A lesson on the transformational powers of nature

Published: 07th October 2016 03:56 AM  |   Last Updated: 07th October 2016 04:54 AM   |  A+A-


Rajeev Kathpalia | Sunish P Surendran

By Express News Service

CHENNAI: “Give nature a little nudge and it will take over,” said Rajeev Kathpalia, architect and expert at Nudging Nature. He was sharing his experiences while speaking at the Chennai Water Forum organised by Goethe Institut at Kalakshetra Foundation.

Rather than looking at the act of building and expansion as something that goes against nature, Kathpalia believes it is possible to transform sun-baked land to forests, rustic countrysides into modern living spaces, all without losing the original essence. “It is possible to convert rural areas to urban areas without losing the benefits of a rural set up,” he said.

Many of Kathpalia’s projects are based on the nation’s lost culture where the course of water bodies decided the way that cities were laid out, he said. When his team was asked to work on Nalanda University that he calls ‘the most evocative pile of bricks anywhere in the world’, his team worked out a strategy to build with what was available locally: to transform the 455-acre terrain to a pedestrian-friendly space not only having urban amenities but also integrating them with the landscape that defines them – the hills, the five villages that it connects and the two areas where water collected.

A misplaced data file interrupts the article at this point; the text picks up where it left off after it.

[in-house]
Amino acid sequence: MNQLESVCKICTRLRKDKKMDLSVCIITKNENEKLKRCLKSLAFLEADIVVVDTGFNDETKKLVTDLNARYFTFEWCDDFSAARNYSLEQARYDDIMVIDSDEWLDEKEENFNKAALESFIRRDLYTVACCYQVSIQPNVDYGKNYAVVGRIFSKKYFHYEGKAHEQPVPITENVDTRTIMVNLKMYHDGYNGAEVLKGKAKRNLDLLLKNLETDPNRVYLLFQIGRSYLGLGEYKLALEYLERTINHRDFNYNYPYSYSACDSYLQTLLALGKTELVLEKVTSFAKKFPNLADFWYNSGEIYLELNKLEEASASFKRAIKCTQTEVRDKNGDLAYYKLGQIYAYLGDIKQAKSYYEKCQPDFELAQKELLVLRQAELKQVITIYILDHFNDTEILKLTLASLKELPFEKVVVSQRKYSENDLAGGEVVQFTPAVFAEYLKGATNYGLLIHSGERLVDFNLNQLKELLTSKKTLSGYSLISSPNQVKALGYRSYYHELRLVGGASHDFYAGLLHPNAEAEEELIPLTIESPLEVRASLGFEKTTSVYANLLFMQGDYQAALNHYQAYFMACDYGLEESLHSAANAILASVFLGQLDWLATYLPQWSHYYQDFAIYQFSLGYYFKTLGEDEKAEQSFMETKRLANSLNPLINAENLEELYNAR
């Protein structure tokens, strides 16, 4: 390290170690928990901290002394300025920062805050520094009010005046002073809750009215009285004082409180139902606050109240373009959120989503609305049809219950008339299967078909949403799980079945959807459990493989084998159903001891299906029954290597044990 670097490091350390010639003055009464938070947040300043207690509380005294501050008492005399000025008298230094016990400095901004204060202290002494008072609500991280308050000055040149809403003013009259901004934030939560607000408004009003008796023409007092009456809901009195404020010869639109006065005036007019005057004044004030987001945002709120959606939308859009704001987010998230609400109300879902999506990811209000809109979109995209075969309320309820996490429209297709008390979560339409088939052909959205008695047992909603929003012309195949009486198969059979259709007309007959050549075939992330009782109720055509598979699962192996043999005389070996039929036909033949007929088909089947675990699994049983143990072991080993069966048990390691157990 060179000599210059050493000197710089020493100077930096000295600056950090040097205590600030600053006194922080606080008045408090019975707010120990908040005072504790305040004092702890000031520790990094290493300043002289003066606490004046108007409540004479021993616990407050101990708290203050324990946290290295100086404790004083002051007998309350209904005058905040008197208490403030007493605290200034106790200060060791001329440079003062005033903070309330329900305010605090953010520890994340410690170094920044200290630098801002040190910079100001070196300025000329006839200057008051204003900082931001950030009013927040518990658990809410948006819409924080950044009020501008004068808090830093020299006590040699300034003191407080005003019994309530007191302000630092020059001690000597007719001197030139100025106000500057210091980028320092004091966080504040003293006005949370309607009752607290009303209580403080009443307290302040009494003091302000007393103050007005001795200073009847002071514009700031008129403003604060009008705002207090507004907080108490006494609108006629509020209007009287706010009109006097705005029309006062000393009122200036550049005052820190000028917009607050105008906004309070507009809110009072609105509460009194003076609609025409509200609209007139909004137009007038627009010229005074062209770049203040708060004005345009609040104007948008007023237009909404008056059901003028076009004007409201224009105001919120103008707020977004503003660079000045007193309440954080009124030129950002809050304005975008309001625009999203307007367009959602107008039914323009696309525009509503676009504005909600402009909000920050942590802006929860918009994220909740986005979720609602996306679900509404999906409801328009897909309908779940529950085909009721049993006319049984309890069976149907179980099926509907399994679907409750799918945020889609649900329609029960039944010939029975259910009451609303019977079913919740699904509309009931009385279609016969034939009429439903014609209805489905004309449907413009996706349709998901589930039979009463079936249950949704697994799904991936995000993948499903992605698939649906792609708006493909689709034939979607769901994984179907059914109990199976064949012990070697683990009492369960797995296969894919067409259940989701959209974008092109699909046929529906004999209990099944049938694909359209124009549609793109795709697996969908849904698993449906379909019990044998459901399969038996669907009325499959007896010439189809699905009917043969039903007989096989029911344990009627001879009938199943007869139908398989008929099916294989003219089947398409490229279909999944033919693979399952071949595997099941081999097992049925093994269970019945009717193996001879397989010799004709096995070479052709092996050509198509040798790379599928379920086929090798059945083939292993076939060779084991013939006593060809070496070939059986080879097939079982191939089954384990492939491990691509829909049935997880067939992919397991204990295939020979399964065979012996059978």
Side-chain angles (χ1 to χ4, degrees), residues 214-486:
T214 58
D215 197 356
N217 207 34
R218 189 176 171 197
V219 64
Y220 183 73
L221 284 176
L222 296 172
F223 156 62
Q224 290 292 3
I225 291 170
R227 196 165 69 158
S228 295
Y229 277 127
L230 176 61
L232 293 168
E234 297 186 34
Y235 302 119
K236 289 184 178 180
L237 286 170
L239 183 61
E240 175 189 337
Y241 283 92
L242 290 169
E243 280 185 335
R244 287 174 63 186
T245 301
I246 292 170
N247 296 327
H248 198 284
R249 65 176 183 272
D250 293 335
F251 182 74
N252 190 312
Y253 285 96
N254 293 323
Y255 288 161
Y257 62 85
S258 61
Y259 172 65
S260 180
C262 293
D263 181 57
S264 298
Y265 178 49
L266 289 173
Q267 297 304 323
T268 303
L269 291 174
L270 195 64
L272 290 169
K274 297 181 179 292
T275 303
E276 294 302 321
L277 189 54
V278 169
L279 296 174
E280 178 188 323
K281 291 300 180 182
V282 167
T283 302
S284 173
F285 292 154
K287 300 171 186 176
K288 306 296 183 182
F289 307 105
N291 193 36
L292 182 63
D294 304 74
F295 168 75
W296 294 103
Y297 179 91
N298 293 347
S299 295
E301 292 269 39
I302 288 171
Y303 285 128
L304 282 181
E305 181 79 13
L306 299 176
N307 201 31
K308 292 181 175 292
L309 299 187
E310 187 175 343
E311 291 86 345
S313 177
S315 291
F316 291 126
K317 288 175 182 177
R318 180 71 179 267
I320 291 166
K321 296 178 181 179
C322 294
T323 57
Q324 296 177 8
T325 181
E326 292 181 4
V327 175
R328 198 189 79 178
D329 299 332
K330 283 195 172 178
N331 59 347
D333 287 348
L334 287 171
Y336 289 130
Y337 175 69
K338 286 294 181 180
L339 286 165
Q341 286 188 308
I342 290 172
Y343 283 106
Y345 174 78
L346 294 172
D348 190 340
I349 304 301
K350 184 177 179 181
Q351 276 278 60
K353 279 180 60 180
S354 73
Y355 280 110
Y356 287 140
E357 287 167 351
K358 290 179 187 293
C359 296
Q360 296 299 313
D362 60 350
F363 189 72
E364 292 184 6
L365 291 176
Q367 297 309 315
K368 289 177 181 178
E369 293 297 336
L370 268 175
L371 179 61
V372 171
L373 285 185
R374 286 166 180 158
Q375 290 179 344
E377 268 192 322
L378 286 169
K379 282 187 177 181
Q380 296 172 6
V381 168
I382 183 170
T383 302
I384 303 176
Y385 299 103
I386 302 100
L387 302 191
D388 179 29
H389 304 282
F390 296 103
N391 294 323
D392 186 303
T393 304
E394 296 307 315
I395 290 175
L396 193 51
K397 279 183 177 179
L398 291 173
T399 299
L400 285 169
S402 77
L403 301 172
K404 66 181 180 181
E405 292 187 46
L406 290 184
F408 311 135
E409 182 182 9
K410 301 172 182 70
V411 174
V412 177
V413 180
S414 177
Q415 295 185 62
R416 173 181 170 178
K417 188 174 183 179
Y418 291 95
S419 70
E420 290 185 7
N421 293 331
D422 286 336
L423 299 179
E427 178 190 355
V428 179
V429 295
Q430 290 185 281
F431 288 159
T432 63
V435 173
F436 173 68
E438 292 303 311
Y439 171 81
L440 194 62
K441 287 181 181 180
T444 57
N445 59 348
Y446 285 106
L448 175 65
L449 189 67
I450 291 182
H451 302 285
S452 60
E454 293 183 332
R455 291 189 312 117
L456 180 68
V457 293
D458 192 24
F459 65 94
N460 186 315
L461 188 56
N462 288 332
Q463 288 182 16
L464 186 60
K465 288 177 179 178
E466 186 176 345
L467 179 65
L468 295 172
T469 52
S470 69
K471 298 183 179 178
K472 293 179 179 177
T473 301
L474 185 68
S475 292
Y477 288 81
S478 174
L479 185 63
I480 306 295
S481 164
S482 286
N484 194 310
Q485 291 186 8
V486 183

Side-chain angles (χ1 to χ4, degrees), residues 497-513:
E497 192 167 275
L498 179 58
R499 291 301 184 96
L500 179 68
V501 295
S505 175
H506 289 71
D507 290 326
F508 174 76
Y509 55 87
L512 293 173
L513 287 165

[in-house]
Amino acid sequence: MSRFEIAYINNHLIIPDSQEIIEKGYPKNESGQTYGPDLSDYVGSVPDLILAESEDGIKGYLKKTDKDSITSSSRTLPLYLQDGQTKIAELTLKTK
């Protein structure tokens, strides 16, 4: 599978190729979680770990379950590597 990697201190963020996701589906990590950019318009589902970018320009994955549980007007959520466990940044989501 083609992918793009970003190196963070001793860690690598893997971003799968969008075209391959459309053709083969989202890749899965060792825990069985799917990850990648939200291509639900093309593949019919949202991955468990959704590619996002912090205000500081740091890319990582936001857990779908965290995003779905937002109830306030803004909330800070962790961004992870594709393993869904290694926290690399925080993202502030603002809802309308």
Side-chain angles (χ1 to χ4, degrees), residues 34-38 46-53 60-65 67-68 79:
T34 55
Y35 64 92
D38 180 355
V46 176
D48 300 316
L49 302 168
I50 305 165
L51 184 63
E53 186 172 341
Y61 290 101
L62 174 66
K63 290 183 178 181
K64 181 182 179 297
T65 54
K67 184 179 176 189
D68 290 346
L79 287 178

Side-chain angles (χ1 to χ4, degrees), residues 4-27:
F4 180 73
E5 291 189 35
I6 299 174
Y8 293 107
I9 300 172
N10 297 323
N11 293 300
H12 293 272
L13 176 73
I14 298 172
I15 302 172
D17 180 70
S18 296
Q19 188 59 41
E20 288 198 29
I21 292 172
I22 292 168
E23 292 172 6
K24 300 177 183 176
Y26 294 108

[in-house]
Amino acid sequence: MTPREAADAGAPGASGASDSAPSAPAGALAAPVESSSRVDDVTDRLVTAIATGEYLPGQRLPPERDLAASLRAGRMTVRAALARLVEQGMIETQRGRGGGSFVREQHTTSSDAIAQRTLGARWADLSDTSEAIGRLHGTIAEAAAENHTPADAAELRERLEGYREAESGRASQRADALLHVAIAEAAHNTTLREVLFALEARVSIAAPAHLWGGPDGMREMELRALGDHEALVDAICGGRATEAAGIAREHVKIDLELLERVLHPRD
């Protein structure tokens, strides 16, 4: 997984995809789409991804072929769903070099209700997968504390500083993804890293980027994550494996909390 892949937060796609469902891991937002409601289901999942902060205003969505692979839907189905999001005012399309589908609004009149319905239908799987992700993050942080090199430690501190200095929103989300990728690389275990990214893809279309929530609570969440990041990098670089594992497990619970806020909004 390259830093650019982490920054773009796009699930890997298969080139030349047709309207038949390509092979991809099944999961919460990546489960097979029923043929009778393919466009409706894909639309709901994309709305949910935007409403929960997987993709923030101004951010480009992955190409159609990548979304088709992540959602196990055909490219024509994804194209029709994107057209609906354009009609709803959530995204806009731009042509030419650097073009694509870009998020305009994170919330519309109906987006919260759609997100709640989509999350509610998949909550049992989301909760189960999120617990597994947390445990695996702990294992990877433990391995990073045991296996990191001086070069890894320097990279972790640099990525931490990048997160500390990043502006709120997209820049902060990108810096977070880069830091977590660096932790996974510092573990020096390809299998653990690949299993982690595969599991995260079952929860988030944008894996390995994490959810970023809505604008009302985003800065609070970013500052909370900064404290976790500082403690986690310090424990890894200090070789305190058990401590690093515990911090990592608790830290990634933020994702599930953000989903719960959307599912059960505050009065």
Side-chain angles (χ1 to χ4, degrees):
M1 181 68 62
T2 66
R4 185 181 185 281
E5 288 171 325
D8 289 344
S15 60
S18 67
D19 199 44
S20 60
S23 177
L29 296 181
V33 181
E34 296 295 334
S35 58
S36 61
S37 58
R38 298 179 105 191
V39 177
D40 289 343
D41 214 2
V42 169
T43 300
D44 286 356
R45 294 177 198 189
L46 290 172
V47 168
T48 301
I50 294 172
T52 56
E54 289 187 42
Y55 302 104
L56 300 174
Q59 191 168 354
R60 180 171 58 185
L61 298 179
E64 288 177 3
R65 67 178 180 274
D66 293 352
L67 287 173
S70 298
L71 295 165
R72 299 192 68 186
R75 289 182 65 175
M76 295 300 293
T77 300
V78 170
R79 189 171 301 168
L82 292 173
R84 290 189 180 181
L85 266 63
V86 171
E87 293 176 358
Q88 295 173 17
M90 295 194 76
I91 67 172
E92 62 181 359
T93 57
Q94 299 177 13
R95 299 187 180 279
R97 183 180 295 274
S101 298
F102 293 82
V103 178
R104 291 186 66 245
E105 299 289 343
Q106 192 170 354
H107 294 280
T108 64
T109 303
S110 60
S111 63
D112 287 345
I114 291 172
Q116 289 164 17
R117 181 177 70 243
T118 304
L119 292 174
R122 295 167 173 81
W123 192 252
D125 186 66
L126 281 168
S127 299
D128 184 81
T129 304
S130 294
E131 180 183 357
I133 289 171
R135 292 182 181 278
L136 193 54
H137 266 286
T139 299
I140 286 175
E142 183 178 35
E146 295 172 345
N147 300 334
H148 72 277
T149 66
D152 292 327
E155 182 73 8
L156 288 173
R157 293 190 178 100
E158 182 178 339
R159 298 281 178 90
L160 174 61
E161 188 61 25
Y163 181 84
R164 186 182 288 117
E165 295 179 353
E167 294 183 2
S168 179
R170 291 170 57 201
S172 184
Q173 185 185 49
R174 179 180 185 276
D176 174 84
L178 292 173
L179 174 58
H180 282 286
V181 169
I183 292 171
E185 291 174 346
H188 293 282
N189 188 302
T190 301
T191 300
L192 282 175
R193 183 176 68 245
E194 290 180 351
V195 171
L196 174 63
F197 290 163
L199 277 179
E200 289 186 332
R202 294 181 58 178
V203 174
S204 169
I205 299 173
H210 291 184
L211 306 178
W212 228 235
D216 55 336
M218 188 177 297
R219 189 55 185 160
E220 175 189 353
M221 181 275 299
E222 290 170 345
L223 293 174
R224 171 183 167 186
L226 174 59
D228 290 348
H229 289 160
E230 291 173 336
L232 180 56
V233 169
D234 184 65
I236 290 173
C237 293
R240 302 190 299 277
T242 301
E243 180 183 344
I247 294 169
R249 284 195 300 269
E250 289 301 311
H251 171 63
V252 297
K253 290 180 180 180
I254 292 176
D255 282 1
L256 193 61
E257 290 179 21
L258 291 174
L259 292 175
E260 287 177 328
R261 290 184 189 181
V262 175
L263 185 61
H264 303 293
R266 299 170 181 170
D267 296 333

“The soil was clayey. So we built with what was available by transforming the clay into compressed earth blocks to create a Net Zero campus,” said Kathpalia.

The first thing these architects do before starting a project is to map the watersheds and study the rainfall patterns of the region.

Smritivan was no different. When he and his team were asked to build a memorial park dedicated to the 13,805 victims of the January 26, 2001 earthquake in Bhuj, Gujarat, they were shown a barren land. Today there are about 1,700 trees on two acres of land, he said.

“Such is the transformational quality of water,” he said. The team noticed that the otherwise dry land transformed during the first monsoon. So they decided to map every drop of water that fell on the land and to device a way to capture them, he said.

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